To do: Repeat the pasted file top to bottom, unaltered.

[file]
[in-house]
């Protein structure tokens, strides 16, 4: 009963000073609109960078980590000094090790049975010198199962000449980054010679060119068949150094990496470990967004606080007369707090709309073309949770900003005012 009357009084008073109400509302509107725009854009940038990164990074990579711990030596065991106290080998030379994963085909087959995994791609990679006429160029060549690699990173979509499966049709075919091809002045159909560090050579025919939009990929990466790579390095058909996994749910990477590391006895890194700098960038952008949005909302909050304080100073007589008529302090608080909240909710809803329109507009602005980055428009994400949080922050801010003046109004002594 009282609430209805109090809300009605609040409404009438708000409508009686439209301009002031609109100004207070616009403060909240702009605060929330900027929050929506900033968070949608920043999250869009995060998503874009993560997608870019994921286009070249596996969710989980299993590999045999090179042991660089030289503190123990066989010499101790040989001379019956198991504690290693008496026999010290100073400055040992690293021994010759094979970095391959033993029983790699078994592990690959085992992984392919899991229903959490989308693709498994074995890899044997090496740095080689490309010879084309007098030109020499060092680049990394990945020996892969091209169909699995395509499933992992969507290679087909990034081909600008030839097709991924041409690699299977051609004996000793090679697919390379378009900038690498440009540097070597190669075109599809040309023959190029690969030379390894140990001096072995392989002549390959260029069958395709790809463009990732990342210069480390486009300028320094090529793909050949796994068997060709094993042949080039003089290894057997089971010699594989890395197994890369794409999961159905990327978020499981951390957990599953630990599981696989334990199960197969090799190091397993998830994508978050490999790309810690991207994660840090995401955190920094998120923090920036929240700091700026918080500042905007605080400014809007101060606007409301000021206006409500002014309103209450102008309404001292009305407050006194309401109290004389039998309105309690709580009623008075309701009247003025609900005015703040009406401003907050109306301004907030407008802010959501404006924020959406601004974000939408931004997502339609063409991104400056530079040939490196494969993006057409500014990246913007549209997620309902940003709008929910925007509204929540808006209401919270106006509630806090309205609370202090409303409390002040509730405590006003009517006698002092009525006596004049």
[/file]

[in-house]
């Protein structure tokens, strides 16, 4: 009963000073609109960078980590000094090790049975010198199962000449980054010679060119068949150094990496470990967004606080007369707090709309073309949770900003005012 009357009084008073109400509302509107725009854009940038990164990074990579711990030596065991106290080998030379994963085909087959995994791609990679006429160029060549690699990173979509499966049709075919091809002045159909560090050579025919939009990929990466790579390095058909996994749910990477590391006895890194700098960038952008949005909302909050304080100073007589008529302090608080909240909710809803329109507009602005980055428009994400949080922050801010003046109004002594 009282609430209805109090809300009605609040409404009438708000409508009686439209301009002031609109100004207070616009403060909240702009605060929330900027929050929506900033968070949608920043999250869009995060998503874009993560997608870019994921286009070249596996969710989980299993590999045999090179042991660089030289503190123990066989010499101790040989001379019956198991504690290693008496026999010290100073400055040992690293021994010759094979970095391959033993029983790699078994592990690959085992992984392919899991229903959490989308693709498994074995890899044997090496740095080689490309010879084309007098030109020499060092680049990394990945020996892969091209169909699995395509499933992992969507290679087909990034081909600008030839097709991924041409690699299977051609004996000793090679697919390379378009900038690498440009540097070597190669075109599809040309023959190029690969030379390894140990001096072995392989002549390959260029069958395709790809463009990732990342210069480390486009300028320094090529793909050949796994068997060709094993042949080039003089290894057997089971010699594989890395197994890369794409999961159905990327978020499981951390957990599953630990599981696989334990199960197969090799190091397993998830994508978050490999790309810690991207994660840090995401955190920094998120923090920036929240700091700026918080500042905007605080400014809007101060606007409301000021206006409500002014309103209450102008309404001292009305407050006194309401109290004389039998309105309690709580009623008075309701009247003025609900005015703040009406401003907050109306301004907030407008802010959501404006924020959406601004974000939408931004997502339609063409991104400056530079040939490196494969993006057409500014990246913007549209997620309902940003709008929910925007509204929540808006209401919270106006509630806090309205609370202090409303409390002040509730405590006003009517006698002092009525006596004049």